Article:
Because you are such a young, agile and flexible nation; and because you proved how sick of Bushism you are, and because Obama won I love you all this morning!
Sunday, October 26, 2008
Borj-e Milad (aka Milad Tower, Persian: برج میلاد ) (Persian: birth) is the tallest tower in Iran. Built in between the Shahrak-e Gharb and Gisha districts of Tehran, it stands 435 m (1,427 ft) high from base to tip of the antenna. The head consists of a large pod with 12 floors, the roof of which is at 315 m (1,033 ft). Below this is a staircase and elevators to reach the area. Milad tower is the fourth tallest tower in the world after the CN Tower in Toronto, Ostankino Tower in Moscow, and the Oriental Pearl Tower in Shanghai. It is also currently 12th tallest freestanding structure in the world.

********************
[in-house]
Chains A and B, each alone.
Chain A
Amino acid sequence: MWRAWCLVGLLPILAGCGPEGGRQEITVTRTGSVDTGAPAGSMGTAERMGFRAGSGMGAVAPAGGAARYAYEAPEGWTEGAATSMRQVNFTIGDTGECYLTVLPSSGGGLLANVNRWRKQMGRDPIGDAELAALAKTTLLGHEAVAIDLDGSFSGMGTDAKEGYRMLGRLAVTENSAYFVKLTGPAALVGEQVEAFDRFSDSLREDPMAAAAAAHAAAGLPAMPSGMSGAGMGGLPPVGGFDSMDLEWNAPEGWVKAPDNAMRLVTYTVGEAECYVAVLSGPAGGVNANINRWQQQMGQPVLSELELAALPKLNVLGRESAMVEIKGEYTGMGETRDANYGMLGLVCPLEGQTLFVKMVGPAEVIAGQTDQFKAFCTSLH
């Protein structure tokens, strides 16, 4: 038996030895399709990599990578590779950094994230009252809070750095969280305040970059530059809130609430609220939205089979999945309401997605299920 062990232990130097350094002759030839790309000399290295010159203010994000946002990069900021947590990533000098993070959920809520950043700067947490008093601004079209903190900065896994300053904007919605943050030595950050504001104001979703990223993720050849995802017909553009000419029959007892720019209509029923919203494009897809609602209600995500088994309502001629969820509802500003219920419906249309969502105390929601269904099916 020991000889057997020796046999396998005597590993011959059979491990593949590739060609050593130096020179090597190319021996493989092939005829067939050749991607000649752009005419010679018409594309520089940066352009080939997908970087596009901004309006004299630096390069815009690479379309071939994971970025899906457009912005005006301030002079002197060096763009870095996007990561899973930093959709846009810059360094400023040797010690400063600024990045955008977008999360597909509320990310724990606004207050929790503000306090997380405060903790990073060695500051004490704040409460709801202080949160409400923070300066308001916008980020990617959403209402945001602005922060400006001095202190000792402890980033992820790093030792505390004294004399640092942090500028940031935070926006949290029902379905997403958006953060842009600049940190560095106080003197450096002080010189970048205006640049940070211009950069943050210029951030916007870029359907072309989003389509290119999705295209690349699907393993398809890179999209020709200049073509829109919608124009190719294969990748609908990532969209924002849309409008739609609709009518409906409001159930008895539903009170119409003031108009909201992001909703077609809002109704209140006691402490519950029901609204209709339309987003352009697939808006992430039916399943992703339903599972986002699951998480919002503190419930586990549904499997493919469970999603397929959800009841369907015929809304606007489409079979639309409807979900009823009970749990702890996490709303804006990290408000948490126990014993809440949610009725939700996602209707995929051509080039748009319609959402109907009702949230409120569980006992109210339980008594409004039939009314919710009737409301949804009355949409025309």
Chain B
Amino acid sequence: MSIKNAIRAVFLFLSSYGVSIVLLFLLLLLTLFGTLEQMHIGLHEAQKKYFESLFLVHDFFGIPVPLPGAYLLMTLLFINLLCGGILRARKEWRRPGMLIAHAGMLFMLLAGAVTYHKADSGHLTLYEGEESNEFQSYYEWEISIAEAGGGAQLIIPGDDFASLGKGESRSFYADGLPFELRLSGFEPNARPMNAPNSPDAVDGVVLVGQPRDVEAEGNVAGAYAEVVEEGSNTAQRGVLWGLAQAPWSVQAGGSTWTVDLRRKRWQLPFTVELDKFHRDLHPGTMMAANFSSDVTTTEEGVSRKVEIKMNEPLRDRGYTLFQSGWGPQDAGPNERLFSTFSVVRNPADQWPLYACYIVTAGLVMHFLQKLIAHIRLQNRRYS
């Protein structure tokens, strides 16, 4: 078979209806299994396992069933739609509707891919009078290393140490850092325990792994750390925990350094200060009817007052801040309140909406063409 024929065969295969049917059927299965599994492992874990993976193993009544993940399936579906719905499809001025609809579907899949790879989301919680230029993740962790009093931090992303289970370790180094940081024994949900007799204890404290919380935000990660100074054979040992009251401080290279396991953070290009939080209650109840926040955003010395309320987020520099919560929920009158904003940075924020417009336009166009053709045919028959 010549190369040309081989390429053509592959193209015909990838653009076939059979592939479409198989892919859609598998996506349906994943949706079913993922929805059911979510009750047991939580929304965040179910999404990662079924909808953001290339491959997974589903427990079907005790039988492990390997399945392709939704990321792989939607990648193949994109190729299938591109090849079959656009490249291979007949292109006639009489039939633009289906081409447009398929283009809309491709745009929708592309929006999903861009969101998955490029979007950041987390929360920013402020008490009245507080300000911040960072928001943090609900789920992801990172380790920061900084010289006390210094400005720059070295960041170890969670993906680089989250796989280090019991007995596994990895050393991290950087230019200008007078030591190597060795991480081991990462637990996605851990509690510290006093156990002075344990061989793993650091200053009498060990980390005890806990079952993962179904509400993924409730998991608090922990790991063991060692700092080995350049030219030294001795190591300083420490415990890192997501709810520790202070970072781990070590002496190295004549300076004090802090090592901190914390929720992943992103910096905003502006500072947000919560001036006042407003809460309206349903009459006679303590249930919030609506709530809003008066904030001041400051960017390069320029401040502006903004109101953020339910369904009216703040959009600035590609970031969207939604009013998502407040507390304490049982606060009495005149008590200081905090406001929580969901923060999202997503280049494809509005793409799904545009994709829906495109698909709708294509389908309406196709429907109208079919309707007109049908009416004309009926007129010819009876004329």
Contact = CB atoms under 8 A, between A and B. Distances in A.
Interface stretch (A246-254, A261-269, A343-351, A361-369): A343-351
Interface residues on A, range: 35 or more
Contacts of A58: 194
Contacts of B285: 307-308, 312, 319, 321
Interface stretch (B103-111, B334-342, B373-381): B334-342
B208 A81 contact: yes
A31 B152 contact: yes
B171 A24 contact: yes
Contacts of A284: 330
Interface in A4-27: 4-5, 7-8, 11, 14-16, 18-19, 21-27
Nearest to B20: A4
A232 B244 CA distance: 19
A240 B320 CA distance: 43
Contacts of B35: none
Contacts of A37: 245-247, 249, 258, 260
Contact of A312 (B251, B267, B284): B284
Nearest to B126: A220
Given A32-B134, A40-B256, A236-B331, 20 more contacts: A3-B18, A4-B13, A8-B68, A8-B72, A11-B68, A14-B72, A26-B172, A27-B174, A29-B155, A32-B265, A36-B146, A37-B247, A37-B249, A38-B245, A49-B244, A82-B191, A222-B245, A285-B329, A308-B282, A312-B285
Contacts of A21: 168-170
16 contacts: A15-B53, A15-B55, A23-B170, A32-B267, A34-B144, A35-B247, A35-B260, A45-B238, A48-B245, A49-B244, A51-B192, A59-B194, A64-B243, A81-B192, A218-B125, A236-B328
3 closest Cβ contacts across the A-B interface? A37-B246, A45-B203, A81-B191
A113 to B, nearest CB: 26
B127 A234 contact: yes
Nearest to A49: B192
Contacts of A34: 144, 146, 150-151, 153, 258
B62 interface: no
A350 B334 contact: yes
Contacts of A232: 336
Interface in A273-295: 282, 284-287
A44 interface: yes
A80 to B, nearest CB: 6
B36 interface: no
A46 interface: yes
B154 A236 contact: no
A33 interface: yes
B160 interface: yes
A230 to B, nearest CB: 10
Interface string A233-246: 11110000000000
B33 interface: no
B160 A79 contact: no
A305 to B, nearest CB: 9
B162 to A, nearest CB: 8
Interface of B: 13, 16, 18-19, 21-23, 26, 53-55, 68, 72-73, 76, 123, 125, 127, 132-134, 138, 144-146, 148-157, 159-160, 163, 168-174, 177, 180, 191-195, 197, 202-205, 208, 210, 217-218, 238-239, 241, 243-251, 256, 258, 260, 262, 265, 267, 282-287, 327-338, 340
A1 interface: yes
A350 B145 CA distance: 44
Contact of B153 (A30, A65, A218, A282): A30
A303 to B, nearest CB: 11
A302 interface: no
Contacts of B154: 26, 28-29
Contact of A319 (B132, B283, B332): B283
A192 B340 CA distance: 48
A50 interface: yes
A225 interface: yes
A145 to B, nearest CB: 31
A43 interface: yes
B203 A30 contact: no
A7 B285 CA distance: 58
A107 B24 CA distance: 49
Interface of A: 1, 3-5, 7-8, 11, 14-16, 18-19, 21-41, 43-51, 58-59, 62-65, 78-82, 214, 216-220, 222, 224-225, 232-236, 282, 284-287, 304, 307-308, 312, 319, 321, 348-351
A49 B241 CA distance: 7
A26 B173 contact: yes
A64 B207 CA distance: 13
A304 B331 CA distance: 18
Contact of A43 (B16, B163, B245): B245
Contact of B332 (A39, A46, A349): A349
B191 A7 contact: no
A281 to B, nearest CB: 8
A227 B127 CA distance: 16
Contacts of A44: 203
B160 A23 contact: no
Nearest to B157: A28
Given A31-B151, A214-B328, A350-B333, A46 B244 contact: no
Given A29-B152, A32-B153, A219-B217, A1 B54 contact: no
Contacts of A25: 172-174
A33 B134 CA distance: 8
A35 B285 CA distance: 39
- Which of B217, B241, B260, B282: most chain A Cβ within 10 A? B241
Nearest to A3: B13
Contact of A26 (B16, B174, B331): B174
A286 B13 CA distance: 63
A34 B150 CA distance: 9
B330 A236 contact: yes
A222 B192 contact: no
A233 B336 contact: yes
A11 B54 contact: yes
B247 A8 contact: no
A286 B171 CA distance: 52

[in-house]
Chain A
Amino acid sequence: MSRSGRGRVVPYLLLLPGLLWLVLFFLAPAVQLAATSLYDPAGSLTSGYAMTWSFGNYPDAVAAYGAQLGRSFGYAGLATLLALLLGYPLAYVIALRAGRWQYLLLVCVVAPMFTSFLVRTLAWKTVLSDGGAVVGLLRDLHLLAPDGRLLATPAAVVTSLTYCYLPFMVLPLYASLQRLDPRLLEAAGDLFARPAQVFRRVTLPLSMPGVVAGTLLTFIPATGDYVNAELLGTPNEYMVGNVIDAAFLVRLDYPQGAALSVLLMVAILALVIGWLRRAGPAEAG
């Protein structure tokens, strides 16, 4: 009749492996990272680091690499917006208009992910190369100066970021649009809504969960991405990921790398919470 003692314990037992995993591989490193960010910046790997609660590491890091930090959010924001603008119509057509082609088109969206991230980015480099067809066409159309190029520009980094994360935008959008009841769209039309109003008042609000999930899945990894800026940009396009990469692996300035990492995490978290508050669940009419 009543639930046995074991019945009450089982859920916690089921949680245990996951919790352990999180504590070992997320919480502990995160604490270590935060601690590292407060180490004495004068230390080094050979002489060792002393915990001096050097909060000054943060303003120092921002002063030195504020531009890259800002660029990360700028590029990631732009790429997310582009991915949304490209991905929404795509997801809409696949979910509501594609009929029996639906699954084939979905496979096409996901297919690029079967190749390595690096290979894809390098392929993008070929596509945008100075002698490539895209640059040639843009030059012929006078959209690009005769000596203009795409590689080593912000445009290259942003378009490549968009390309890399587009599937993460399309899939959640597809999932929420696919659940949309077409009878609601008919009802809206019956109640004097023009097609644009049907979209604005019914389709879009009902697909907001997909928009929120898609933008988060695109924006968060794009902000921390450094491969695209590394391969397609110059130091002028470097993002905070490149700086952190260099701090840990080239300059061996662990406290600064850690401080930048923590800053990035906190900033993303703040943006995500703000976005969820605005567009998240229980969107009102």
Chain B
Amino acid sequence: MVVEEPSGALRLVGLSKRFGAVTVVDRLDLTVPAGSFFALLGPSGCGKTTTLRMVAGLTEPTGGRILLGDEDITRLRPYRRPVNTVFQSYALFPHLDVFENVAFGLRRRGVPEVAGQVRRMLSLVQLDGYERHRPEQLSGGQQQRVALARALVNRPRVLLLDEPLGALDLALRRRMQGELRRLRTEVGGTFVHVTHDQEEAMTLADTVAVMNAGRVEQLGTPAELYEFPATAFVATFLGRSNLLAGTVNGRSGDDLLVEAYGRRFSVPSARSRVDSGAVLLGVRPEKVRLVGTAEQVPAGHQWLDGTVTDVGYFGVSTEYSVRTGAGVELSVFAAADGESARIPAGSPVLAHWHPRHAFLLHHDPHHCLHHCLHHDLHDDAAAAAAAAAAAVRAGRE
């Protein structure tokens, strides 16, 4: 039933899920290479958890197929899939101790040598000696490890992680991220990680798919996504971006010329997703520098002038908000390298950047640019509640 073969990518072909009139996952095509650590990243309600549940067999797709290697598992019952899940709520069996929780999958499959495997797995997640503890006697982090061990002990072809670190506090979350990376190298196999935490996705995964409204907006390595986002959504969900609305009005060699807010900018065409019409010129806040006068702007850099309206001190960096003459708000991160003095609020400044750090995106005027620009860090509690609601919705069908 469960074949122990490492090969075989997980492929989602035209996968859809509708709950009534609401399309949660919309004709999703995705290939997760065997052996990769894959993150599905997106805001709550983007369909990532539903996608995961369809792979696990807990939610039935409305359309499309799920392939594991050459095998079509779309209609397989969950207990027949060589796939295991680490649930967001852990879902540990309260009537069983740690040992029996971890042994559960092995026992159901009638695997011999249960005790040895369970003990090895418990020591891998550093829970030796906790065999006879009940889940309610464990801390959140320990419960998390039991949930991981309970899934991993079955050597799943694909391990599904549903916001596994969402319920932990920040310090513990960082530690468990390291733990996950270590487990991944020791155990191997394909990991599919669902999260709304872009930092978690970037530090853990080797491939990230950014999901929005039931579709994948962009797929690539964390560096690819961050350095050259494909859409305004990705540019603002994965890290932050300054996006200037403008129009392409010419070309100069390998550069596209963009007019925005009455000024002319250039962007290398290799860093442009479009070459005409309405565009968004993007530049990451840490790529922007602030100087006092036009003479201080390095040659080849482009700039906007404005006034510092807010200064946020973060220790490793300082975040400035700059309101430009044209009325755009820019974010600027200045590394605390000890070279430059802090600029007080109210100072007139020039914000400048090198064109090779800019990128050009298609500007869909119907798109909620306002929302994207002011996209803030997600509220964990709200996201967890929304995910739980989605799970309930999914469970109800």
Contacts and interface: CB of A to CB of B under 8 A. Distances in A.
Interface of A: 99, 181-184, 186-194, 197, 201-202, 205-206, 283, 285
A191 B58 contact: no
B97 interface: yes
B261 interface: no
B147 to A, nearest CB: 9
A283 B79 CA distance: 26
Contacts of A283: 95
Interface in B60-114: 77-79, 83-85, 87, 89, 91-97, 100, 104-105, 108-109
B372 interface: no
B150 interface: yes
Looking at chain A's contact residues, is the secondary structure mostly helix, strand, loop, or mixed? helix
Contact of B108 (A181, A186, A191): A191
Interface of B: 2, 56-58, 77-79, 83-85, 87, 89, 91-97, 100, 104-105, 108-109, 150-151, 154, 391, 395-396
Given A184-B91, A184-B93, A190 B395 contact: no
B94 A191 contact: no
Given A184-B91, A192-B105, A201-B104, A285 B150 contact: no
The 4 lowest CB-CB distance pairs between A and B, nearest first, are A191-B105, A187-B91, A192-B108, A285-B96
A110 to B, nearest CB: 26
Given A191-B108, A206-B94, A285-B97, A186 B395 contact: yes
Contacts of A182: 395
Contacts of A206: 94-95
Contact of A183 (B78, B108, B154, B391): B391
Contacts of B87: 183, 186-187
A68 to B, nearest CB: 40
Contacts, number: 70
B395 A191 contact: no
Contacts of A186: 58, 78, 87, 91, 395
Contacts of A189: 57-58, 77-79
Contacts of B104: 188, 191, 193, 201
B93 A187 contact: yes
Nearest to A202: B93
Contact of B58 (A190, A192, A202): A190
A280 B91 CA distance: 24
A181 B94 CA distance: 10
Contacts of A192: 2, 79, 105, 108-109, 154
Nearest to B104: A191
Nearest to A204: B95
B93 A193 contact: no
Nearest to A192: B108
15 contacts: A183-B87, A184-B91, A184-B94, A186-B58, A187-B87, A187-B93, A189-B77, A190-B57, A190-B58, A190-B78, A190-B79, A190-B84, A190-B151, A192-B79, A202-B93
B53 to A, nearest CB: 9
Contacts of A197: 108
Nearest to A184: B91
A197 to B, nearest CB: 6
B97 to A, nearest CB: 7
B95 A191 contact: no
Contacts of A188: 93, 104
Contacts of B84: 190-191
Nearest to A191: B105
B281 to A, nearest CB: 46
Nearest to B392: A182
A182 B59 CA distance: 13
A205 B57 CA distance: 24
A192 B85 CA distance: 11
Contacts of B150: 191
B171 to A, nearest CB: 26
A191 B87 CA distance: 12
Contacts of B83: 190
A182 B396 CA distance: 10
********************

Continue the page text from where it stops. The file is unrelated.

Milad tower is part of The Tehran International Trade and Convention Center. Scheduled for completion in late 2009, the project includes the Milad telecommunication tower offering restaurants at the top with spectacular views of Tehran, a five-star hotel, a convention center, a world trade center, and an IT park (to be completed by March 2007). The complex seeks to respond to the needs of business in the globalized world of the 21st century by offering facilities combining trade, information, communication, convention and accommodation all in one place.
The complex features a parking area of 27,000 square meters, a large computer and telecommunication unit, a cultural and scientific unit, a commercial transaction center, a temporary showroom for exhibiting products, a specialized library, an exhibition hall and an administrative unit. Milad Tower has an octagonal base, symbolizing traditional Persian architecture